We don't just cover the North Bay. We live here.
Did You Know? In the first 10 days of the North Bay fire, nearly 1.5 million people used their mobile devices to visit our sites.
Already a subscriber?
Wow! You read a lot!
Reading enhances confidence, empathy, decision-making, and overall life satisfaction. Keep it up! Subscribe.
Already a subscriber?
Oops, you're out of free articles.
Until next month, you can always look over someone's shoulder at the coffee shop.
Already a subscriber?
We don't just cover the North Bay. We live here.
Did You Know? In the first 10 days of the North Bay fire, we posted 390 stories about the fire. And they were shared nearly 137,000 times.
Already a subscriber?
Supporting the community that supports us.
Obviously you value quality local journalism. Thank you.
Already a subscriber?
Oops, you're out of free articles.
We miss you already! (Subscriptions start at just 99 cents.)
Already a subscriber?

The Sonoma County Board of Supervisors on Tuesday unanimously endorsed a proposed ordinance that would make it easier for bicyclists and pedestrians to sue those who harass or intimidate them.

The move has been hotly debated in online forums where it has drawn fire from some motorists who say they are being unfairly targeted. Cycling enthusiasts have defended the measure, saying incidents of roadside abuse are widespread.

The issue has surfaced amid the county's ongoing struggle to maintain and modernize a vast and crumbling road system, one that some critics say is ill-equipped to handle the growing ranks of recreational and commuting bike riders.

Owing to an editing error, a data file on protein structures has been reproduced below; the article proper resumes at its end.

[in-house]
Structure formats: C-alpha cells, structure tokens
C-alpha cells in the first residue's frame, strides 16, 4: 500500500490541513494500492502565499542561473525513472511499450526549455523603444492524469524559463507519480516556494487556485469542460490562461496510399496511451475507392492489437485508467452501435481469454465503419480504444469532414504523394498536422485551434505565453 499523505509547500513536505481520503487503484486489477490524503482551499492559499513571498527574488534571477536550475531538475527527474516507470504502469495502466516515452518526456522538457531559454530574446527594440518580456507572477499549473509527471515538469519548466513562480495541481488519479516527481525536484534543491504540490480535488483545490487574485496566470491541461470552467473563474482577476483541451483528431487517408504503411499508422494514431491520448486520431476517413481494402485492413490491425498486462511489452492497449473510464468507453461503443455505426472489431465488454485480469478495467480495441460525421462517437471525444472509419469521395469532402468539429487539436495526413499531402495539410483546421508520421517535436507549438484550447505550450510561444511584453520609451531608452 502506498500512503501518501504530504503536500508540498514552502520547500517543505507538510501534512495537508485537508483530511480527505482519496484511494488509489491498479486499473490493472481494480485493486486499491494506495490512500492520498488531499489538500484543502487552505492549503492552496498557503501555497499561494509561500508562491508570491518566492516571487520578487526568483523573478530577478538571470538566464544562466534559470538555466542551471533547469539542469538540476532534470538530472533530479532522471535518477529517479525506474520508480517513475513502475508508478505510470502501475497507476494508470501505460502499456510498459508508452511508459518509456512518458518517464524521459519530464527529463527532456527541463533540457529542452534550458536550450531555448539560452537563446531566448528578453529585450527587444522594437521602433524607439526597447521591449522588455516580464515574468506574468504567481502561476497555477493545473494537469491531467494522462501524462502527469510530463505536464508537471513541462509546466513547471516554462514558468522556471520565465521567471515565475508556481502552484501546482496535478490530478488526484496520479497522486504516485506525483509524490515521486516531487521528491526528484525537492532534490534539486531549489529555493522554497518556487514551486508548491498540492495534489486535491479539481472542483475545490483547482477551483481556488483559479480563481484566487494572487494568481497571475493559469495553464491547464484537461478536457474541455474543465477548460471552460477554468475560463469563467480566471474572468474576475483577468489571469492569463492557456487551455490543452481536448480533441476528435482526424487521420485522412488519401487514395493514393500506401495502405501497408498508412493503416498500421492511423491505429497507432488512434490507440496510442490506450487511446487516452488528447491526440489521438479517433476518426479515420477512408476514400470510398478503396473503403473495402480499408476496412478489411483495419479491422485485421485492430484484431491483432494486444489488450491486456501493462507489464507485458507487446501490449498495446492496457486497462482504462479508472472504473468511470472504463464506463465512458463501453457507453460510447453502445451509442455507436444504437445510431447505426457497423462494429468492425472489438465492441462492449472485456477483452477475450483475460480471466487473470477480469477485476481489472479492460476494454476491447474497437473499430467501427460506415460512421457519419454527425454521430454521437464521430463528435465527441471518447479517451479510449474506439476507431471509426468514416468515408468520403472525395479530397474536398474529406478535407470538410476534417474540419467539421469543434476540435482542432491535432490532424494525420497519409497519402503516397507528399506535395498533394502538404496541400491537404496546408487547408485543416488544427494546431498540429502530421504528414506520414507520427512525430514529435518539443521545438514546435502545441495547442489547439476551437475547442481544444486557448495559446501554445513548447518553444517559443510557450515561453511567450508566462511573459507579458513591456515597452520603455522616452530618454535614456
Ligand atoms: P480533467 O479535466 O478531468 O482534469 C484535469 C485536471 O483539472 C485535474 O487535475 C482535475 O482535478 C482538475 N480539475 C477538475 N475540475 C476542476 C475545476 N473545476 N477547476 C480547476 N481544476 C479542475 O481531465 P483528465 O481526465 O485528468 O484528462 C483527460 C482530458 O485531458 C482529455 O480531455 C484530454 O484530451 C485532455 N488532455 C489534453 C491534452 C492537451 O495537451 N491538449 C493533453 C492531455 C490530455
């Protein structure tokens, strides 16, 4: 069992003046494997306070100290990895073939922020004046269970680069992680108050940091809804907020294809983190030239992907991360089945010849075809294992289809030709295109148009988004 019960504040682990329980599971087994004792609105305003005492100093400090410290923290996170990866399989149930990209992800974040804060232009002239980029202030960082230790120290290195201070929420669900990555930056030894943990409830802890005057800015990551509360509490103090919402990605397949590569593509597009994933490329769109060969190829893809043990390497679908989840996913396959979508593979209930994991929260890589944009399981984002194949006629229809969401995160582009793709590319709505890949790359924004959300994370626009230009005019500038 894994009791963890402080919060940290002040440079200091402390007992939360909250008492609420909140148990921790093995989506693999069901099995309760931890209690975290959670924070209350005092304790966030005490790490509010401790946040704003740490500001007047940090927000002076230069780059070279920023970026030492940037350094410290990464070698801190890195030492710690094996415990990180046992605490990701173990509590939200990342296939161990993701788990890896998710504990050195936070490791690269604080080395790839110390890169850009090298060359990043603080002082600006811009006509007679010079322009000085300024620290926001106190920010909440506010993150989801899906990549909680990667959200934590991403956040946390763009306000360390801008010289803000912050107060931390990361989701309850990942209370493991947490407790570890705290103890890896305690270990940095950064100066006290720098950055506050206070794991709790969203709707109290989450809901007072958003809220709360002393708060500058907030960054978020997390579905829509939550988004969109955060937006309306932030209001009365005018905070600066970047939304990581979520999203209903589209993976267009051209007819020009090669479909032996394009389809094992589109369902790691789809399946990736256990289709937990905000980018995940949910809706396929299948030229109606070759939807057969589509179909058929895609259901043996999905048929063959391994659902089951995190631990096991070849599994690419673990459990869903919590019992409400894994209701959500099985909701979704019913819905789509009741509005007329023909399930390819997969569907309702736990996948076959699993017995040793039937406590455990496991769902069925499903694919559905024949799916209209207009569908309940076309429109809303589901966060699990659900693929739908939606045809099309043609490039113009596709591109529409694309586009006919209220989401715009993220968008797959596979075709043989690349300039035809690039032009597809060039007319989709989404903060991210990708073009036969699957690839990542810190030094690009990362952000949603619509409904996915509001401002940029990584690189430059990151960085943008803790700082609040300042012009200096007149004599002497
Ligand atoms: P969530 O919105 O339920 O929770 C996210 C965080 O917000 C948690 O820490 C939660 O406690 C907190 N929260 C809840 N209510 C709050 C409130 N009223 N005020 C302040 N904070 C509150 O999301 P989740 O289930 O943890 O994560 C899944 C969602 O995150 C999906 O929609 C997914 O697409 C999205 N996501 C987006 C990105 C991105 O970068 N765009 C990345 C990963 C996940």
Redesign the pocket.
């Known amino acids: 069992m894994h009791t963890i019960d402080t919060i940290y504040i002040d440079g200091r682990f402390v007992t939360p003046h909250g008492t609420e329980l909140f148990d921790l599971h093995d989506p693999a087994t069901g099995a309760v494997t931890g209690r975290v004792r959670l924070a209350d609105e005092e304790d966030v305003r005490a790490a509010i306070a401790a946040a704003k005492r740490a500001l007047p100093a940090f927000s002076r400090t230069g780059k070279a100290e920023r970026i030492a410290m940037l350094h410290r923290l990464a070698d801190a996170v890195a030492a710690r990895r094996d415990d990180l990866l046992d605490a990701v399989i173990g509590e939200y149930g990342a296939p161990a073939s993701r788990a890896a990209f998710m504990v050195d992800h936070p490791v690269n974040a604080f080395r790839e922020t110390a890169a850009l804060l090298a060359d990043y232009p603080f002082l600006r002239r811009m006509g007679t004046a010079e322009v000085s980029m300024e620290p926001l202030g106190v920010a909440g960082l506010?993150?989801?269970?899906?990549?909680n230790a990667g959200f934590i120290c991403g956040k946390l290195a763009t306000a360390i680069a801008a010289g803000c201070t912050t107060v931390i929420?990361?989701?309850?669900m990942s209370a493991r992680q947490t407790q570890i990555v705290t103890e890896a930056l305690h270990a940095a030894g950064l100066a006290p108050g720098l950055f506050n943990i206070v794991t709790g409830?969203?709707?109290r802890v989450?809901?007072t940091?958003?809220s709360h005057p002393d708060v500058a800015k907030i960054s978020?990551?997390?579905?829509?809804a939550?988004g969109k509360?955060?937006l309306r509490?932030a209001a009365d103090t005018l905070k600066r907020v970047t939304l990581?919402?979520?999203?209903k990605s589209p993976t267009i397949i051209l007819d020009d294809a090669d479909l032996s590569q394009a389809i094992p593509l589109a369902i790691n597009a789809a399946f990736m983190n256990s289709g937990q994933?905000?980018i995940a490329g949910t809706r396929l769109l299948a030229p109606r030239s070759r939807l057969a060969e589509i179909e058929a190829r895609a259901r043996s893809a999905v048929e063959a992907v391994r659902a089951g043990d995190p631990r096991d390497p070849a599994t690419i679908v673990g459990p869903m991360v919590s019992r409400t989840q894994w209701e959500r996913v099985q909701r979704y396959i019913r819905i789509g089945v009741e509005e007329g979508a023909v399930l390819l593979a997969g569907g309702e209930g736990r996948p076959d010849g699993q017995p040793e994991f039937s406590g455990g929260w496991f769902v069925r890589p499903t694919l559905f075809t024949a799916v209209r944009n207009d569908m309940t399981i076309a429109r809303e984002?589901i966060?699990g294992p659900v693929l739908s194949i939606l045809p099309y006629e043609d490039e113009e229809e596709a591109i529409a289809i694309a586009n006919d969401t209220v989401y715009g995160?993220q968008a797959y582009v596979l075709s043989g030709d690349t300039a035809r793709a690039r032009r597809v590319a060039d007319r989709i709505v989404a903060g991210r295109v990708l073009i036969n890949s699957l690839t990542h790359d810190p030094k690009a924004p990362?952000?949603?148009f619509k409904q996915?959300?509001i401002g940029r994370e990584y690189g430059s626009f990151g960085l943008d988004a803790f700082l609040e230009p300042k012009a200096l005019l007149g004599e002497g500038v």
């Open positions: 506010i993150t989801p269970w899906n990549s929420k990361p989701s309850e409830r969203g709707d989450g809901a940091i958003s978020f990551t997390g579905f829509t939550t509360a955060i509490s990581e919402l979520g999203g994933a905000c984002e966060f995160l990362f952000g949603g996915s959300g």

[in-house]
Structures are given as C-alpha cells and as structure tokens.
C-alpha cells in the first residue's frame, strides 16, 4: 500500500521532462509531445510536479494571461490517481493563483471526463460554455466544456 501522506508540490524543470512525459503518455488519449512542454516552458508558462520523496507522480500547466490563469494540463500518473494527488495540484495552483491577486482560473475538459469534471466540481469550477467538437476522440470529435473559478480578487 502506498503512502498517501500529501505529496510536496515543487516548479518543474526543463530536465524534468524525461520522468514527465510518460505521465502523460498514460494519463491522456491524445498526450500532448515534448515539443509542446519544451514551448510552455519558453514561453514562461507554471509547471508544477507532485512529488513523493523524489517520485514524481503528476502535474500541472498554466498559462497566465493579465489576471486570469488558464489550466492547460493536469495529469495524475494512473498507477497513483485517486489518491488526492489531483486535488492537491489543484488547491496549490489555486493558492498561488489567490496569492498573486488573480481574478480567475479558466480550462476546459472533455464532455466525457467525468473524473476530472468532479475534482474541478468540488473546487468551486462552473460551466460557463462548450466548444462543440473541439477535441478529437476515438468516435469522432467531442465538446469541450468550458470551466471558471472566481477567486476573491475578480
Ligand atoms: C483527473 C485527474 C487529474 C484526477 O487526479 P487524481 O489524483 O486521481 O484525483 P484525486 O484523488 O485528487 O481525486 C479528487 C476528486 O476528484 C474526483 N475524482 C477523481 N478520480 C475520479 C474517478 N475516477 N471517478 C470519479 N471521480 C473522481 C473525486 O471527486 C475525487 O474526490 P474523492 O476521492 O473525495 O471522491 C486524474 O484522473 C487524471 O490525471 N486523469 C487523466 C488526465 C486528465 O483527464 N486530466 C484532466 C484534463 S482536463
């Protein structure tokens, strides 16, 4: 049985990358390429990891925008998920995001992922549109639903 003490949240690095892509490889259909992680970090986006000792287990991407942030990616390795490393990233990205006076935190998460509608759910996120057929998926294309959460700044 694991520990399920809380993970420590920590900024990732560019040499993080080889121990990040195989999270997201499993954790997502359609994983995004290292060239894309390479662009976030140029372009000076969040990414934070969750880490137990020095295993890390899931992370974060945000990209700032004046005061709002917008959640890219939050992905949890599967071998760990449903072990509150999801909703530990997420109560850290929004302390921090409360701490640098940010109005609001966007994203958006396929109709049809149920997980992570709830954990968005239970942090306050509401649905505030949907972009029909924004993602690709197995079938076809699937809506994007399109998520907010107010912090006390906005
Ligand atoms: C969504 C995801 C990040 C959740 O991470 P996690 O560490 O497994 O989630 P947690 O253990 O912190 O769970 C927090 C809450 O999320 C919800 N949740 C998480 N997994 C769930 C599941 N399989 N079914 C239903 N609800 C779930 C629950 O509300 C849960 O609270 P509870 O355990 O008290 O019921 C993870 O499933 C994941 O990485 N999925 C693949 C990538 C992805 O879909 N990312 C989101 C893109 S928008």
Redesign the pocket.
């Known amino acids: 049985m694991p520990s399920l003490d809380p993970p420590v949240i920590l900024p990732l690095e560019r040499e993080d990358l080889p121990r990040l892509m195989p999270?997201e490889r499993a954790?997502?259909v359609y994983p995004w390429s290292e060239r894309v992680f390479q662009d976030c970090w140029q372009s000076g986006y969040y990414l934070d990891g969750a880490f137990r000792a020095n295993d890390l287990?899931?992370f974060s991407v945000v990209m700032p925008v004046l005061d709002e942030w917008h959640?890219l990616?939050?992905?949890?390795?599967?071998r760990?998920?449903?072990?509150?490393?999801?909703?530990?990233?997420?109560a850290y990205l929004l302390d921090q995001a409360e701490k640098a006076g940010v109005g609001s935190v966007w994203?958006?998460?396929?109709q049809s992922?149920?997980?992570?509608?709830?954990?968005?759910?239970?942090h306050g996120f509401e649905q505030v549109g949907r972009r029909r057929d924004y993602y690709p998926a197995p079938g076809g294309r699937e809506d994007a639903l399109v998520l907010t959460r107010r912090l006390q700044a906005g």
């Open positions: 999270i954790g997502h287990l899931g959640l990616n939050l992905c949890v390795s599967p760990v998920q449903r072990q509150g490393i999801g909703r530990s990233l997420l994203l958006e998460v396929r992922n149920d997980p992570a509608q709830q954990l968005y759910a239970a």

Opponents of the measure, however, were a no-show at the board meeting Tuesday. Several cyclists attended to support the board's action.

Advocates have advanced the ordinance as way to offer a clearer path to civil court remedies for bicyclists and pedestrians and limit hostility toward those road users.

They said the board endorsement sent a clear message.

"This brands Sonoma County as a place where harassment isn't tolerated," said Gary Helfrich, executive director of the Sonoma County Bicycle Coalition, the main group behind the proposal.

Sonoma County is set to become the first county in the country to adopt such an ordinance, following in the wake of several cities, including Sebastopol, which adopted its "vulnerable user" ordinance in December. The county's formal approval is scheduled for the Board of Supervisors meeting next week.

The measure had strong support from Supervisor Shirlee Zane, who has worked with advocates and law enforcement officials on bicycle and pedestrian safety. She hailed Sonoma County as a "international destination" for bike riders, noting the growing local presence of the sport, seen in both professional and amateur events.

"This is about our quality of life here in the county," Zane said. "This is about safety and civility."

Several other supervisors pressed county staff for answers on how the ordinance would change current law.

Critics say protections already are in place to punish those convicted of serious car-versus-bike crimes, and any ordinance targeting lesser incidents risks meddling in a murky area of law.

Supervisor Efren Carrillo said he understood cyclists and pedestrians already can sue for general harassment and intimidation.

While that is true, Deputy County Counsel Linda Schiltgen said, there are no laws specifically involving civil harassment of pedestrians and cyclists. A local ordinance would change that but would not necessarily require criminal enforcement, county officials said.

In the unincorporated area of the county, it would prohibit:

Physically assaulting or attempting to assault a bicyclist or pedestrian.